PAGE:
Planting Cherry Trees

Many home gardeners will find, after due consideration, that they do not wish to grow cherries, for 2 reasons. Birds can, and frequently do, eat a major part of the crop. Also, cherries have a tendency to split if periods of heavy rains coincide with ripening. It’s practically impossible for the gardener to control either one of these hazards. Birds like blueberries, but these can be covered with netting. However, covering entire trees with netting just is not practical.

Cherries are of 3 general types—sour cherries(varieties of Prunus. cerasus) which are mostly self-fertile; Sweet Cherries (varieties of P. avium) which are not self-fertile, but need other varieties for cross-pollination; and the Duke cherries, supposed to be crosses between the sour and the sweet, which also need other cherries for cross-pollination. Since the home gardener frequently considers planting the Sweet Cherry, he must also surmount the hurdle of needing several trees of different varieties to insure having a crop. Often this is a greater undertaking than the cherries are worth.

The main sweet cherry-growing areas of the U.S. are the Pacific Coast states, chiefly Calif., Ore. and Wash., western N.Y. and western Mich. The chief sour cherry-growing areas are northern Ohio, western N.Y. and the Hudson Valley, western Mich., Wise. and Colo.

All cherries bloom early in the spring, before the leaves appear, and hence the flowers are susceptible to killing by late frosts. The Sweet Cherry is about as hardy as the Peach; the Sour Cherry is slightly more hardy. All cherries are susceptible to various virus diseases, and one should be certain that, in purchasing trees, virus-free plants are purchased, the under stock as well as the tops.

Propagation is by budding on either P. avium, the Mazzard Cherry, or P. mahaleb, the Mahaleb Cherry. The latter is cheap and easy to work, but the Mazzard Cherry is the superior under stock, and trees on this stock should be obtained if possible, for they make much better trees.

Sweet cherries should be planted 30 ft. apart, sour cherries about 25 ft. apart and ‘Morello’ cherries about 18 ft. apart.

As for pruning, sweet cherries are pruned the least. These trees usually grow taller than those of the sour cherries and they just do not seem to demand the careful pruning required by many other kinds of fruit trees. Little pruning is necessary on sour cherries, especially if crossed branches and weak branches are removed as they appear.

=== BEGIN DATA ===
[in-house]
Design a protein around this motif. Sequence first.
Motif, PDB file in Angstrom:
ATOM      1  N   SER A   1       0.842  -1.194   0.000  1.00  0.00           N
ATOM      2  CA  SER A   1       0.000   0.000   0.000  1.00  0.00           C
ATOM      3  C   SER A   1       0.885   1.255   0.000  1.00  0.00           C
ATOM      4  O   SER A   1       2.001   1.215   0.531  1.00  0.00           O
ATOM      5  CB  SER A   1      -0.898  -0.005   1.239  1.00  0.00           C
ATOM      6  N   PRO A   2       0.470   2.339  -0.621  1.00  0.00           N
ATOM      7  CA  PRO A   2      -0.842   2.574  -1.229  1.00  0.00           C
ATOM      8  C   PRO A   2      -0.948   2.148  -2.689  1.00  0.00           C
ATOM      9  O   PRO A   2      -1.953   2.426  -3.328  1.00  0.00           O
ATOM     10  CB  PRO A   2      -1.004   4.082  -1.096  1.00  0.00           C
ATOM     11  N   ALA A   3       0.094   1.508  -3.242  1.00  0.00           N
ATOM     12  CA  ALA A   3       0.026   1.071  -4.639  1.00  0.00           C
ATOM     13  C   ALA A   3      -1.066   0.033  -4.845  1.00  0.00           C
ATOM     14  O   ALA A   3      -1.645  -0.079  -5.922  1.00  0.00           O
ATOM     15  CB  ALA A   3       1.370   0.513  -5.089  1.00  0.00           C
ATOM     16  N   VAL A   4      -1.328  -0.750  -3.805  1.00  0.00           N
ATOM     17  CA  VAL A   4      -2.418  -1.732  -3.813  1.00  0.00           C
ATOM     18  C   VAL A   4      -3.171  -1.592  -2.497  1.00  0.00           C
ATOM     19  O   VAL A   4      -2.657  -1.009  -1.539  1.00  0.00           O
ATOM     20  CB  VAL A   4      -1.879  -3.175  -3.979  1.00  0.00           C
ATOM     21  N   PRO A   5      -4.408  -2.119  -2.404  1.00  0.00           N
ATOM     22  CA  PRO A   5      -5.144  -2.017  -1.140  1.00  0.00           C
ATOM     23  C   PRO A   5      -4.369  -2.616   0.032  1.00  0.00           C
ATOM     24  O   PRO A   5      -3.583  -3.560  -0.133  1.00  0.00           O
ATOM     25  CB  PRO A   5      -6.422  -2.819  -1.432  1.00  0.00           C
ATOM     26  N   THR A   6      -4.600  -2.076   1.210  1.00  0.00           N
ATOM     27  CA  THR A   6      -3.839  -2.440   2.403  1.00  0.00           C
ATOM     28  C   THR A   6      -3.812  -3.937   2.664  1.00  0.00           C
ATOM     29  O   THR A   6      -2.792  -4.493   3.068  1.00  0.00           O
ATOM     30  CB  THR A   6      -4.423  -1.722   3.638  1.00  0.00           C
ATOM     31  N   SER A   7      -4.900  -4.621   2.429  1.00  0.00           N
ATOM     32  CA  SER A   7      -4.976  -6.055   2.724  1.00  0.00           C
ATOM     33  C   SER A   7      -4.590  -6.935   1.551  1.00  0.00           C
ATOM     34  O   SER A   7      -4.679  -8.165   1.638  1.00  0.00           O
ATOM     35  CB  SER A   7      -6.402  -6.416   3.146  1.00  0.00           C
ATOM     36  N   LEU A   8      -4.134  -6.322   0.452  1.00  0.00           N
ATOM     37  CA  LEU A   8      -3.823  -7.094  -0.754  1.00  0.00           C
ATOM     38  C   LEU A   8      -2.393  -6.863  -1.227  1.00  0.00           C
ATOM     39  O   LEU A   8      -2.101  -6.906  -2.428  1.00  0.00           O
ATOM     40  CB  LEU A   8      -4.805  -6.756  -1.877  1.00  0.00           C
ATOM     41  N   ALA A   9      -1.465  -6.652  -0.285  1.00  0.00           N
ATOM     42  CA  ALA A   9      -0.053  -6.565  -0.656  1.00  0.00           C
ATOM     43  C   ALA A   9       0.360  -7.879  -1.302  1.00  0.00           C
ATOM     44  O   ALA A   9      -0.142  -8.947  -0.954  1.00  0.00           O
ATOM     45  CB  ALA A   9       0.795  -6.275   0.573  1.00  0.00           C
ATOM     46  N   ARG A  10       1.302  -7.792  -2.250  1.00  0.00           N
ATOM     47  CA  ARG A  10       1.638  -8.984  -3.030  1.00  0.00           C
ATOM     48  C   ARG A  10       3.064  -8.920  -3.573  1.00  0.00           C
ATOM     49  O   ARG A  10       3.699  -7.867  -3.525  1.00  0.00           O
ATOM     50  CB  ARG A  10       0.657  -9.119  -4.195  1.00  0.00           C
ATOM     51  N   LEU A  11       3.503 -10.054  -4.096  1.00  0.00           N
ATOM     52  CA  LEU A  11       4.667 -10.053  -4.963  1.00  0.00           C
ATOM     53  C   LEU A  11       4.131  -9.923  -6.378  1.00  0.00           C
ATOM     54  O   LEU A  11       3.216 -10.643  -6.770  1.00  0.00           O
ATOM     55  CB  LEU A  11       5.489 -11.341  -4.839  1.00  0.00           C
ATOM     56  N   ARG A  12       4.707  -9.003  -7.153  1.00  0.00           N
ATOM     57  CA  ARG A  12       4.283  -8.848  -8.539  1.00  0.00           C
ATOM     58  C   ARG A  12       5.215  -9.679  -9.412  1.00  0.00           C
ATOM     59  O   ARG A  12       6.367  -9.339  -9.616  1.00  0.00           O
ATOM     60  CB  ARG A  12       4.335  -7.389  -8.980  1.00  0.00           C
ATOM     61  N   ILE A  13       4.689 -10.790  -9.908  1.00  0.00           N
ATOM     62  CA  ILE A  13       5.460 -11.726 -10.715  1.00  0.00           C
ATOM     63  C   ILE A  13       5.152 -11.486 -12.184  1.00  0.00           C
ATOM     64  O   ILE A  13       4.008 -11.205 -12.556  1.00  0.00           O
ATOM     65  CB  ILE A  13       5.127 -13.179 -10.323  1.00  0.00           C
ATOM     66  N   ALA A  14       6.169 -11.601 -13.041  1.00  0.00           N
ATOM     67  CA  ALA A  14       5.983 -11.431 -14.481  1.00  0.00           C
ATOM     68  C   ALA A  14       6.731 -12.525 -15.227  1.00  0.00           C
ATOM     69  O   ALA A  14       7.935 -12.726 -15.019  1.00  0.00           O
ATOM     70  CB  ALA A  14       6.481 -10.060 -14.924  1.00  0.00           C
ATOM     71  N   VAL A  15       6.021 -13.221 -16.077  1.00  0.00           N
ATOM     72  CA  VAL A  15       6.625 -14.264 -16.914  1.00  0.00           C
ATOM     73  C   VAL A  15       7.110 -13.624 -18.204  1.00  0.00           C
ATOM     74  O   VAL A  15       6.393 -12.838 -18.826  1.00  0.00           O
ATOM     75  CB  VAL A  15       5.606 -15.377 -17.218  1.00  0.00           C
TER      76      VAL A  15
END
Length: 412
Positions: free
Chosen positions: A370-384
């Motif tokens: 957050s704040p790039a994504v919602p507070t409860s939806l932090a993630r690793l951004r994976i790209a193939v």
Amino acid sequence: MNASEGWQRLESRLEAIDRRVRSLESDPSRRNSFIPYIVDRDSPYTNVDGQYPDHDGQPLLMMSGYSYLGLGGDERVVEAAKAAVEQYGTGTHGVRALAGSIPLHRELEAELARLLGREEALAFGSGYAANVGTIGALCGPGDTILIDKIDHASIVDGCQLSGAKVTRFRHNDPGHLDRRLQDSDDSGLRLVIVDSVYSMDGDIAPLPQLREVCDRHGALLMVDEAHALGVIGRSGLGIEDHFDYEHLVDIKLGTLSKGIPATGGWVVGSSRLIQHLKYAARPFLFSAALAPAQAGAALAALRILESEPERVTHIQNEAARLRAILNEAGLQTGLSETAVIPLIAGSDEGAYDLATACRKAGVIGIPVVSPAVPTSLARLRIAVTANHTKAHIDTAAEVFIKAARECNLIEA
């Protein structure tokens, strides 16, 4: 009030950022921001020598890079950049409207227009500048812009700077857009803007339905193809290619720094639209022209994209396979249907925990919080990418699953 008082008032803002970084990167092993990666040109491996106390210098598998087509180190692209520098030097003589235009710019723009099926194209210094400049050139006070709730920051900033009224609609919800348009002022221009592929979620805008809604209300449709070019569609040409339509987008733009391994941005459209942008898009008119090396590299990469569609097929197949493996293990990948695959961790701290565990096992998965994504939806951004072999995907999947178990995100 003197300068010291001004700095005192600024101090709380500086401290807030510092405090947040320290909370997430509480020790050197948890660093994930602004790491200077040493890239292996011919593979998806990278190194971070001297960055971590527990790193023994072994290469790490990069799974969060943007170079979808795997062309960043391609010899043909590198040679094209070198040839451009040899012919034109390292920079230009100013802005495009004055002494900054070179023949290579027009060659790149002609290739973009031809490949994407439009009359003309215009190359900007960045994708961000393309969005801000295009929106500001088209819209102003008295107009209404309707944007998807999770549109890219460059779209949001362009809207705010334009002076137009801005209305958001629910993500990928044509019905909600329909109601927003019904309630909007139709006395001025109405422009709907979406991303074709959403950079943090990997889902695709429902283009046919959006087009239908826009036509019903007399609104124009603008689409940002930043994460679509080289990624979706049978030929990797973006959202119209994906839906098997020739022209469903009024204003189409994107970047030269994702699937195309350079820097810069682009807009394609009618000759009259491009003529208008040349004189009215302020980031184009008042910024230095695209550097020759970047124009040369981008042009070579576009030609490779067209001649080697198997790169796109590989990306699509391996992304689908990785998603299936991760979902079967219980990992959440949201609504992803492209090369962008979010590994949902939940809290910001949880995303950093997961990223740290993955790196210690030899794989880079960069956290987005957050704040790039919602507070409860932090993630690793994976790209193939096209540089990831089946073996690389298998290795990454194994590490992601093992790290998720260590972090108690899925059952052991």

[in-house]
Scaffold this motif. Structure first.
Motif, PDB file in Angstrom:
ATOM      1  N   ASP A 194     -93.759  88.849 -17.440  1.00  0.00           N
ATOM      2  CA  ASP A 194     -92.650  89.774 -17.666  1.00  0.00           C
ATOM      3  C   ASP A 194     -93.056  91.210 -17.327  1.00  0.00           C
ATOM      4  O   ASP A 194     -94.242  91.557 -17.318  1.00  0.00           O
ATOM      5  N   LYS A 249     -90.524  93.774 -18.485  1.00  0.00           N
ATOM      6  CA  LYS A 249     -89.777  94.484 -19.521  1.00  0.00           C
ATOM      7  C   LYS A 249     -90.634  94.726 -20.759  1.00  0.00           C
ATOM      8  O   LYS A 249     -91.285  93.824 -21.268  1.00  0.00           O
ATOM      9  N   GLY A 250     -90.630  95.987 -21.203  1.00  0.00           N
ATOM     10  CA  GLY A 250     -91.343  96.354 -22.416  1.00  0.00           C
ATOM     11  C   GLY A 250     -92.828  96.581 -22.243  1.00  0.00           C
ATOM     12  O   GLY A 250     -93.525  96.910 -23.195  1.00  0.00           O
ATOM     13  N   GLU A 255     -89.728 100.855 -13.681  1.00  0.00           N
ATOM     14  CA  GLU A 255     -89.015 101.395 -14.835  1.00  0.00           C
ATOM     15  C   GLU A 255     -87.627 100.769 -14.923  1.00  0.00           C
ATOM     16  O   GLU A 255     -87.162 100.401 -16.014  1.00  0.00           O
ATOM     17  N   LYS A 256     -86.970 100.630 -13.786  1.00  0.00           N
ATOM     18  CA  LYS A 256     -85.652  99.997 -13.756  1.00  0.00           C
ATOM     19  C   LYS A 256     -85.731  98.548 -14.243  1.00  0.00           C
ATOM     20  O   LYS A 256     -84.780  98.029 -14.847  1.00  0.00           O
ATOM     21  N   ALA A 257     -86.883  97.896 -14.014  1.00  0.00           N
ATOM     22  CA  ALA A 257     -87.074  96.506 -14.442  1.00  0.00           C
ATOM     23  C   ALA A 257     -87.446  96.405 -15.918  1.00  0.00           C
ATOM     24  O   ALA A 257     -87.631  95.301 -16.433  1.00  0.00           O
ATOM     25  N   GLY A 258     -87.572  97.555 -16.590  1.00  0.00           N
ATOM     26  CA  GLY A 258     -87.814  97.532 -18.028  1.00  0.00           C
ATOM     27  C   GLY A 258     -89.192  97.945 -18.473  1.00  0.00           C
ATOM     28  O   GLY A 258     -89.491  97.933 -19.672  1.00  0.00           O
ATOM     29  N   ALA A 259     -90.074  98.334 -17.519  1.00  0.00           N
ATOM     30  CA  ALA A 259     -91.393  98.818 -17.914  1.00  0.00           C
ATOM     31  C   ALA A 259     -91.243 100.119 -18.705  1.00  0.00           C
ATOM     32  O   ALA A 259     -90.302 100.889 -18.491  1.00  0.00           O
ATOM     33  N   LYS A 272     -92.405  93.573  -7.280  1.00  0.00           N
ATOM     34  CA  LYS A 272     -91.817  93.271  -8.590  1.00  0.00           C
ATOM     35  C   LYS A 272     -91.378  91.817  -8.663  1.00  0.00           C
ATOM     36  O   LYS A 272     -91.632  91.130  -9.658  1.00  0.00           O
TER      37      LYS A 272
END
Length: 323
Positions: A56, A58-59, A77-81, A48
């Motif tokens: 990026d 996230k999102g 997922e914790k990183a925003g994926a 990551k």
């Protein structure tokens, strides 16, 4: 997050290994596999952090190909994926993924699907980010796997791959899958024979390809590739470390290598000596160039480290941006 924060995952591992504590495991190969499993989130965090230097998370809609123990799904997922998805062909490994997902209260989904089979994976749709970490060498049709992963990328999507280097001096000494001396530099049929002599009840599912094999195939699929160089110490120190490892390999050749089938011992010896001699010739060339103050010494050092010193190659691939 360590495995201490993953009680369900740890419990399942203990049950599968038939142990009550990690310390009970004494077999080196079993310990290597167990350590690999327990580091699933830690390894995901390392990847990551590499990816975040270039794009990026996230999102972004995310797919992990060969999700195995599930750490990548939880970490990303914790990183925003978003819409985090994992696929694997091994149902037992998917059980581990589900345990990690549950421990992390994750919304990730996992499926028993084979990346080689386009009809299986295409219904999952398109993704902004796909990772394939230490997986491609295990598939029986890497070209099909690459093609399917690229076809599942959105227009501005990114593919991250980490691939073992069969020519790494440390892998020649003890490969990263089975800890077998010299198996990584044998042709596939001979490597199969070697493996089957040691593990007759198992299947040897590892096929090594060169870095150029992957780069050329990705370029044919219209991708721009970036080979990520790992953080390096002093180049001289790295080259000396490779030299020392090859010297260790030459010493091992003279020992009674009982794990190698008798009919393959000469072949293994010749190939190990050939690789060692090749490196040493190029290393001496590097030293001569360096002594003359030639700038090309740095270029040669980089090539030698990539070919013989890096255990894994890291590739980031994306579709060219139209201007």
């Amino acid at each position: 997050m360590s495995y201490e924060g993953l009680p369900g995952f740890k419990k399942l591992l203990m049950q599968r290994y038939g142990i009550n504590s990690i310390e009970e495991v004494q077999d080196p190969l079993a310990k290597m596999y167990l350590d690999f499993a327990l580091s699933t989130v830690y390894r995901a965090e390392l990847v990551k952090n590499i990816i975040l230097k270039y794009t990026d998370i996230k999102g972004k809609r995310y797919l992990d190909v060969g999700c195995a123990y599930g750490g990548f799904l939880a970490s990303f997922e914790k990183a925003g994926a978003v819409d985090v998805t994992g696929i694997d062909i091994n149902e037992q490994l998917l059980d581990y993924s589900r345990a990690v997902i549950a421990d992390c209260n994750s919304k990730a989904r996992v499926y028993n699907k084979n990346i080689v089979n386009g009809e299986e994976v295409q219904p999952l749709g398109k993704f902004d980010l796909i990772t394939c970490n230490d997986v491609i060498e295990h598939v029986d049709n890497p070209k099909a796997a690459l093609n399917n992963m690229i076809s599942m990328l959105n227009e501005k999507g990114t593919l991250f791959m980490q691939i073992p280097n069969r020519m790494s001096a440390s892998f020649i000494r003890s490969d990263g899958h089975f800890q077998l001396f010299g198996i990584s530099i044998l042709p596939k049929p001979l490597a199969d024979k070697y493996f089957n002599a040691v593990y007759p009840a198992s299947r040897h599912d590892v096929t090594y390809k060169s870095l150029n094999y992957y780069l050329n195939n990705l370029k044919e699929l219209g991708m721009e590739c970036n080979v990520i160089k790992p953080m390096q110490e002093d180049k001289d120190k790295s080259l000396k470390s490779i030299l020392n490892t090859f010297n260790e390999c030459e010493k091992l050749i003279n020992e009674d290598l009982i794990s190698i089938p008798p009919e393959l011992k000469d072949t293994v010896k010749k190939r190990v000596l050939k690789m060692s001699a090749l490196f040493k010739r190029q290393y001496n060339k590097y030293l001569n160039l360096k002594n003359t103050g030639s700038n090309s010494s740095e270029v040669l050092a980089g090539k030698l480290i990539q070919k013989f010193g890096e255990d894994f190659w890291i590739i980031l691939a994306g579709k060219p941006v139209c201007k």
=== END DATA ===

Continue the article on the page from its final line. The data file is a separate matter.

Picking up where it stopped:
Cherry Cross-Pollination

One should be as careful with cherries as with plums in the cross-pollination requirements. All sweet cherries require cross-pollination and the chances are that it is these which would be selected for the home garden. Varieties which have proved good pollinizers for other sweet cherry varieties are ‘Black Tatarian’, ‘Grant’, ‘Seneca’ and ‘Lyons’. It should be remembered, too, that varieties like ‘Bing’, ‘Lambert’, ‘Napoleon’ and ‘Emperor Francis’ are all inter-sterile, one with the other.

The Duke cherries. ‘Reine Hortense’ and ‘Royal Duke’, are self-sterile and either sour or sweet cherries can be used as pollinizers for these. The sour cherries are mostly self-fertile.

Cherry Fertilizers

Fertilizers might be applied in the early spring at about the time the buds burst. A 3-4-year-old tree in a cultivated orchard might be given. If it is over two years old it might be given 5 lbs. Trees growing in sod, which receive more and sweeter cherries because they grow into larger trees, would also receive heavier applications, might be used. Tent caterpillars infest cherry in the spring, and other caterpillars are occasionally troublesome.

Cherry Diseases

Brown rot causes lesion on twigs and rot on ripening fruit. Bacterial leaf spot in which the spots often drop out, causing a shot-hole effect. Attacks both sweet and sour cherries and defoliates the trees. Spraying with fungicide when petals fall and after harvest is helpful. A fungus leaf spot or yellow leaf is controlled by fungicide in early and late applications. Black knot develops on sour cherries. Virus diseases discourage the growing of cherries in some areas. Destroying infected trees and controlling insects are the only remedies.